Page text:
Back in November of 2021 some asshole went on a murder spree at Oxford High School. The little shit killed four students before being taken into custody.

As part of the investigation it was found that his parents purchased the gun he used for him.

The prosecution is claiming that the parents committed involuntary manslaughter.

[Judge Cheryl] Matthews concluded the prosecution had presented enough evidence to proceed with the involuntary manslaughter charges against the [redacted], who are accused of ignoring the mental health needs of their son, buying him a gun instead of getting him help, and failing to notify the school that he had access to a gun when they were summoned to the office over a violent drawing he had made on the morning before the shooting.

The defense is arguing that the prosecution is attempting to get the courts to legislate from the bench. They are arguing that they had secured the gun and had no idea that their son was planning to go on a murder rampage.

Unfortunately we hear way to much about the backgrounds of these murdering assholes. They mostly come from fatherless families. They have unstable home lives. They are often known for being antisocial or having violent tendencies. They are almost always “known to law enforcement.”

The prosecutors want to make it a crime to not predict how a child will act. What parent would willingly have a firearm in their home if they even remotely considered that their child might use a firearm for criminal purposes?

The goal of the gun rights infringers is to make it to costly to carry, to costly to sell or manufacture firearms, to costly to own a firearm. At the same time they are actively working to paint every gun owner as a crime waiting to happen.

The Detroit Free Press does a fairly balanced article on the appeal of the assholes parents.
[Parents] ask appeals court to toss case: Our son did this, not us

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By awa

13 thoughts on “Are Parents Responsible for Mass Shootings Their Children Do?”
  1. Bout time the “judiciary “ start blaming the right things. Oh no, its white gun owners who live thousands of miles away!! Its the NRA!! Ban guns!
    Maybe this will be a trend

  2. I;m mixed on this. On one side it’s trying to make parents liable for not being mind readers.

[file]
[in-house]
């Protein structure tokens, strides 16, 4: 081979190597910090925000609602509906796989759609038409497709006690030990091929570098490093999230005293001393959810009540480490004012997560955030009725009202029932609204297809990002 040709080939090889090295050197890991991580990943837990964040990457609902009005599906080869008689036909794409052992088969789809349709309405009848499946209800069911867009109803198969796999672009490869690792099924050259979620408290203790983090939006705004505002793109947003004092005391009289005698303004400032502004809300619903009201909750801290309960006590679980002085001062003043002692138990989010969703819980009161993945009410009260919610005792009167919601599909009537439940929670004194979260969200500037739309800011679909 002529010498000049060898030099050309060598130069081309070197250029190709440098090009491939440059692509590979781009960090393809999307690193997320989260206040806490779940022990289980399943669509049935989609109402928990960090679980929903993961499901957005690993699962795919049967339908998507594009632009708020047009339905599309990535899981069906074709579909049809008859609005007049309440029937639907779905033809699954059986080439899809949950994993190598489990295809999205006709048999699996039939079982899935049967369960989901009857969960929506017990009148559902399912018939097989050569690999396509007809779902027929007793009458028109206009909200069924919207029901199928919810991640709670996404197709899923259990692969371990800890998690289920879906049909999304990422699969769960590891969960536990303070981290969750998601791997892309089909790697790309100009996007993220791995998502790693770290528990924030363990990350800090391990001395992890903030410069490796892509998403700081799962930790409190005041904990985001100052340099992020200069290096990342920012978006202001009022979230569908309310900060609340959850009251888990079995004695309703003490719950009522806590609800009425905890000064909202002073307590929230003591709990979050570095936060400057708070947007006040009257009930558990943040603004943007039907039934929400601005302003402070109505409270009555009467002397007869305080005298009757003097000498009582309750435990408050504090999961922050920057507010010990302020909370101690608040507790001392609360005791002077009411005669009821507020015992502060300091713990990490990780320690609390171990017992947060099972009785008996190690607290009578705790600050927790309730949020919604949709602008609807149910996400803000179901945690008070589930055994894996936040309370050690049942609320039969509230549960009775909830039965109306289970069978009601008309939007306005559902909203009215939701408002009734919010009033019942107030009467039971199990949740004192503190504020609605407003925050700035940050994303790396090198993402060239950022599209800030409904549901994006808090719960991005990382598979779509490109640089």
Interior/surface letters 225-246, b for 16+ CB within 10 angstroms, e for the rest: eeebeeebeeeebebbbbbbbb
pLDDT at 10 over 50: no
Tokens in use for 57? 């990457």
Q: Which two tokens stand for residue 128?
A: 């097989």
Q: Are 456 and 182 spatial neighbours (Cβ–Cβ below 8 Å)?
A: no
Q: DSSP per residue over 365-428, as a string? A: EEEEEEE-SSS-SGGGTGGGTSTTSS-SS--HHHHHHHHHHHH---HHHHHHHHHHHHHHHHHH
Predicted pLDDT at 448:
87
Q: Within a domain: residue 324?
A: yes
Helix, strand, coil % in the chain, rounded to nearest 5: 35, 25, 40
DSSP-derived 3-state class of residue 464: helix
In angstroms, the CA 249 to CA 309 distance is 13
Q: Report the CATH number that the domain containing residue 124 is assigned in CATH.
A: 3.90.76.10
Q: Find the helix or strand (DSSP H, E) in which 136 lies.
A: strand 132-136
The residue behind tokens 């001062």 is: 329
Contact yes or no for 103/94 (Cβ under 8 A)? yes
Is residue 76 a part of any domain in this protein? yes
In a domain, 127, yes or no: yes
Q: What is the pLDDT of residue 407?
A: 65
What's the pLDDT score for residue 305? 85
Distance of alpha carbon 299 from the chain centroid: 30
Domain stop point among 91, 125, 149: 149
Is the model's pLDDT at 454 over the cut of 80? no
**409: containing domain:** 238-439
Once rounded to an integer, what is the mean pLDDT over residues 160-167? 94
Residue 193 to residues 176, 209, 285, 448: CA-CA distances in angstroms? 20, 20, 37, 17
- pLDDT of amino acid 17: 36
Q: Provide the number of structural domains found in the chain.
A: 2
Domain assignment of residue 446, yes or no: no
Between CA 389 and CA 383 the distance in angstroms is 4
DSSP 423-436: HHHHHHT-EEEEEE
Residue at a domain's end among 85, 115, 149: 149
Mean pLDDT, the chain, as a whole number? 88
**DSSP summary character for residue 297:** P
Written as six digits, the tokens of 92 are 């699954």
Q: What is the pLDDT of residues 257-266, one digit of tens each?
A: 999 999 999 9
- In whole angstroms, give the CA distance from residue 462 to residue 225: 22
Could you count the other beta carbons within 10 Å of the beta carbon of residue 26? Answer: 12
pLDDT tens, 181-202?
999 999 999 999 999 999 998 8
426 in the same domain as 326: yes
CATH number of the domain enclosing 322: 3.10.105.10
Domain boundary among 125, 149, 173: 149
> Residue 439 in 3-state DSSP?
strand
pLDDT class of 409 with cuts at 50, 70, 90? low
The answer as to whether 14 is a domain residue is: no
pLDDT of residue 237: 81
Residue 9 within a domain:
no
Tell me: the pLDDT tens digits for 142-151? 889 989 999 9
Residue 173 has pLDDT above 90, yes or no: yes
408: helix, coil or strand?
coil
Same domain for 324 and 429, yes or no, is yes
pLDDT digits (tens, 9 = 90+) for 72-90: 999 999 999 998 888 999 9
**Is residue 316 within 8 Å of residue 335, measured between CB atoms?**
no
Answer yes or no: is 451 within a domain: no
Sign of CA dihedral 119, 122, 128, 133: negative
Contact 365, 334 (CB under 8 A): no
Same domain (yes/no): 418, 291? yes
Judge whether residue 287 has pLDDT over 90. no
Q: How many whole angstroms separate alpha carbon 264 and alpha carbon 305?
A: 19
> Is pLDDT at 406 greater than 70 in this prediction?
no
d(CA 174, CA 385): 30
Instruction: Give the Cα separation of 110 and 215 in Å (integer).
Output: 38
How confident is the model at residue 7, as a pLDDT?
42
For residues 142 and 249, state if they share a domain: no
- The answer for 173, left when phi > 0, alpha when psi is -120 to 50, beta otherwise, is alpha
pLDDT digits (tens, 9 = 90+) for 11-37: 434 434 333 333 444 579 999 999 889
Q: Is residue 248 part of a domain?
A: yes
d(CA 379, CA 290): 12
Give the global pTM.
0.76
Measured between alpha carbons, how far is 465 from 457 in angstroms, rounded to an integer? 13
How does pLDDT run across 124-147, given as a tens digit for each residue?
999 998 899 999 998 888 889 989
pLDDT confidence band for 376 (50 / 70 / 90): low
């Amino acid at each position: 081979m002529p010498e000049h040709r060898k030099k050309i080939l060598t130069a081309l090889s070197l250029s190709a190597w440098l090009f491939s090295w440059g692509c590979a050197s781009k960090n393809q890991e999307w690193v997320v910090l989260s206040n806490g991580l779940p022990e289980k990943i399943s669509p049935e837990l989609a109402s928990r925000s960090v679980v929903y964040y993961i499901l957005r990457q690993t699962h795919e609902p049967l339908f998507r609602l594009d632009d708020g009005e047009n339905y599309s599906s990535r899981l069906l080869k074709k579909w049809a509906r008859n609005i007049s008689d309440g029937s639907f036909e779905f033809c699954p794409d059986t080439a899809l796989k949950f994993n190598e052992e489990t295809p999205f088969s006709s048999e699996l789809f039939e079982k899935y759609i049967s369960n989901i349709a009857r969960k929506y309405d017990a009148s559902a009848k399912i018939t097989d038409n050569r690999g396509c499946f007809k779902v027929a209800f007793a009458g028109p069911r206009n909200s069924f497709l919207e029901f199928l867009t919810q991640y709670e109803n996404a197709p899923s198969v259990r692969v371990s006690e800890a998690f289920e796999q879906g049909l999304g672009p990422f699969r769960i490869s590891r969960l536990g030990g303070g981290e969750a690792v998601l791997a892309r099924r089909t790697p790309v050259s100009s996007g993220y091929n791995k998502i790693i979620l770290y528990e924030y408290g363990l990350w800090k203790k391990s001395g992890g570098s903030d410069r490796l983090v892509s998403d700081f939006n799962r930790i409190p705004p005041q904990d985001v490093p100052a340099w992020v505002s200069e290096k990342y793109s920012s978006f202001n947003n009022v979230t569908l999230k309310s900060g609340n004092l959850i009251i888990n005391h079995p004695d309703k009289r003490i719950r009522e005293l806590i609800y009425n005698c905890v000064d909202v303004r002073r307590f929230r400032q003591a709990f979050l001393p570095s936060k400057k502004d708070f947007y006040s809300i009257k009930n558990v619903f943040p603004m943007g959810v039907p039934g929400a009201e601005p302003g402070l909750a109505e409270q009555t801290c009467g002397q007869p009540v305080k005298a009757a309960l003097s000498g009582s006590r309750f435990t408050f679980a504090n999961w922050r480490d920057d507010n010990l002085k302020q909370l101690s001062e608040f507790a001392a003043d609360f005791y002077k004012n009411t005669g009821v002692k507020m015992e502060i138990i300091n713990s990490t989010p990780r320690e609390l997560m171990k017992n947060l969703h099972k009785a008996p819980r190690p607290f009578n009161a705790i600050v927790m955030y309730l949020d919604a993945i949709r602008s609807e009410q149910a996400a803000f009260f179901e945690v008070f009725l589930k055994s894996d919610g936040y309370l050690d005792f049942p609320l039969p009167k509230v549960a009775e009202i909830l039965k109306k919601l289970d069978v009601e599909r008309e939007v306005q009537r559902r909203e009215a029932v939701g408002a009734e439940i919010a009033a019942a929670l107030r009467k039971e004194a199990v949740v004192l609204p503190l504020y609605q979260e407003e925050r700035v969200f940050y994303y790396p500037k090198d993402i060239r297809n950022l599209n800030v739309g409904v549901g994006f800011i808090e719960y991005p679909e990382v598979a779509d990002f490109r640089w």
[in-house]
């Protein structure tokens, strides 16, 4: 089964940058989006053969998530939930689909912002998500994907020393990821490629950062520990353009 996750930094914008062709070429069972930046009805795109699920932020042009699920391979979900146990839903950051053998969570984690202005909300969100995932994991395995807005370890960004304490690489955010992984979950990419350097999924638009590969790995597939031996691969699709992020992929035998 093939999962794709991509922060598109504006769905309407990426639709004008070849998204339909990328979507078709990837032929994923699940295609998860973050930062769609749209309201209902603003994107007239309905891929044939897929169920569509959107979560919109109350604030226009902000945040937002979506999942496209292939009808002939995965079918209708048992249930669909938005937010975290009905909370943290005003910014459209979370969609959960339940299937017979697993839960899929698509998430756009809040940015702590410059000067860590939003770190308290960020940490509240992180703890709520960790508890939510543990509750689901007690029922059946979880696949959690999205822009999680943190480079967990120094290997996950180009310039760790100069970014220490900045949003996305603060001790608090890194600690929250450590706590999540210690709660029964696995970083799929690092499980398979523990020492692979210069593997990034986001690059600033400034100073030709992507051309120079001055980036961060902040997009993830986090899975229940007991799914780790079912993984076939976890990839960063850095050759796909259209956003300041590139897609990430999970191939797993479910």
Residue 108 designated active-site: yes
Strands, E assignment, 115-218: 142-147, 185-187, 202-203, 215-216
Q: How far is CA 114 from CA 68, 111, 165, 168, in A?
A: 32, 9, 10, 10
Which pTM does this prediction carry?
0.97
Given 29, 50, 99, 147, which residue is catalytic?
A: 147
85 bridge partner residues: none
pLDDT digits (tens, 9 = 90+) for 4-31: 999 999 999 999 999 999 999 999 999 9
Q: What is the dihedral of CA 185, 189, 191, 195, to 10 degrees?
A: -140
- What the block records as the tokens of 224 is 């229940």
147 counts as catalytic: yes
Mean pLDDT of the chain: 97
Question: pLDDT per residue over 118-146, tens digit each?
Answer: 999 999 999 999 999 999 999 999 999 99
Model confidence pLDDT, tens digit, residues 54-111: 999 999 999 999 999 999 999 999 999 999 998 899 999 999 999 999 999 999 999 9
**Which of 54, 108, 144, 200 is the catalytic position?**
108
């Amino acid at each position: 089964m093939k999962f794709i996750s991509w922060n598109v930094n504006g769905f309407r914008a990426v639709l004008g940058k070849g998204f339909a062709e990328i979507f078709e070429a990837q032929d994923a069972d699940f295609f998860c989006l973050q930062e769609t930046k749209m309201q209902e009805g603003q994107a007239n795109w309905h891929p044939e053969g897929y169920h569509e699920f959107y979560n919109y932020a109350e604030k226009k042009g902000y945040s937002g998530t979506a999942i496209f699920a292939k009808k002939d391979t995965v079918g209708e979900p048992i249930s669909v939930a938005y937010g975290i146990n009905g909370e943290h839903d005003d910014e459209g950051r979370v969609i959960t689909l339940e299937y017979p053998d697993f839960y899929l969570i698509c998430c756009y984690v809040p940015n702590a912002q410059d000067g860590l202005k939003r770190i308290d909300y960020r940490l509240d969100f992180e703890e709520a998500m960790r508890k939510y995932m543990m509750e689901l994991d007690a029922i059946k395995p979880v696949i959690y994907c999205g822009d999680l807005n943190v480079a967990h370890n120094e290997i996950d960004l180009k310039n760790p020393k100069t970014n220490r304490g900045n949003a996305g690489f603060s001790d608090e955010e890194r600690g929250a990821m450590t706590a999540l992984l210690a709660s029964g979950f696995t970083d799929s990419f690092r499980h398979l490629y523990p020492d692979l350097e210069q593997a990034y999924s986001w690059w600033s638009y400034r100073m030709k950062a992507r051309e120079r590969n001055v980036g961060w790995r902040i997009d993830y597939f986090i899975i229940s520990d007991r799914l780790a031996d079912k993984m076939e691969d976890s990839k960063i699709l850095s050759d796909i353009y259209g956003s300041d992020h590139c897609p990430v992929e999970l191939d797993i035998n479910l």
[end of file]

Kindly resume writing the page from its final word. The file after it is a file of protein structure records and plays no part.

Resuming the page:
On the other you have parents that enable little freakshows, lie to the police, and buy guns for their known mentally unstable kids.

  3. Parents have culpability to some degree if they knew something was wrong or going on and failed to intervene or act in any meaningful way. See Nancy lanza.

    It just like the death star, tarken may have given the order to blow up alderaan, but everyone operating that space station shares some degree of culpability for that action even if they didn’t give the order or slide the lever them self.

    The problem is this aplies to everything in modern life. I’m guilty of slavery, human trafficking, exploitation, and a host of other thing in some small way by simply typing this on my smart phone. Certain situations it applies more than others, to which I would say again, if the child was a minor and the parents knew something was going on and failed to act, they share some guilt for lesser offences. Is it criminal or just civil? I guess it depends on the level of neglect and what duty they had to act and ignored.

  4. Speaking of grandstanding charges. Is anyone else ticked off that this particular murderer is being charged with terrorism? As far as I can see, there is no evidence that he’s a terrorist. (Unless every criminal is a terrorist because they ‘terrorize’ their victims.) He’s a very average psychopathic school shooter with no political motivation.

    Last I heard, Mr. I-run-over-parades-full-of-white-people-for-racial-reasons isn’t being charged with terrorism.

  5. Are parents responsible for their children’s crimes??? Good question, no good answers.
    .
    It all boils down to (IANAL warning in full effect), what did the parents know, what actions did they take, and is there a reasonable expectation their actions (or lack of action) would lead to criminal action? Intent, or negligence is a factor here.
    .
    If the parents knowingly and deliberately ignored violent actions on the part of their child, and then facilitated the child’s acquisition of a weapon, then yes. They hold some level of responsibility. I do not see this any different than disciplining a bartender for overserving a patron they have reasonable expectation will drive.
    .
    BUT!!!
    Murder? Nope. Too far.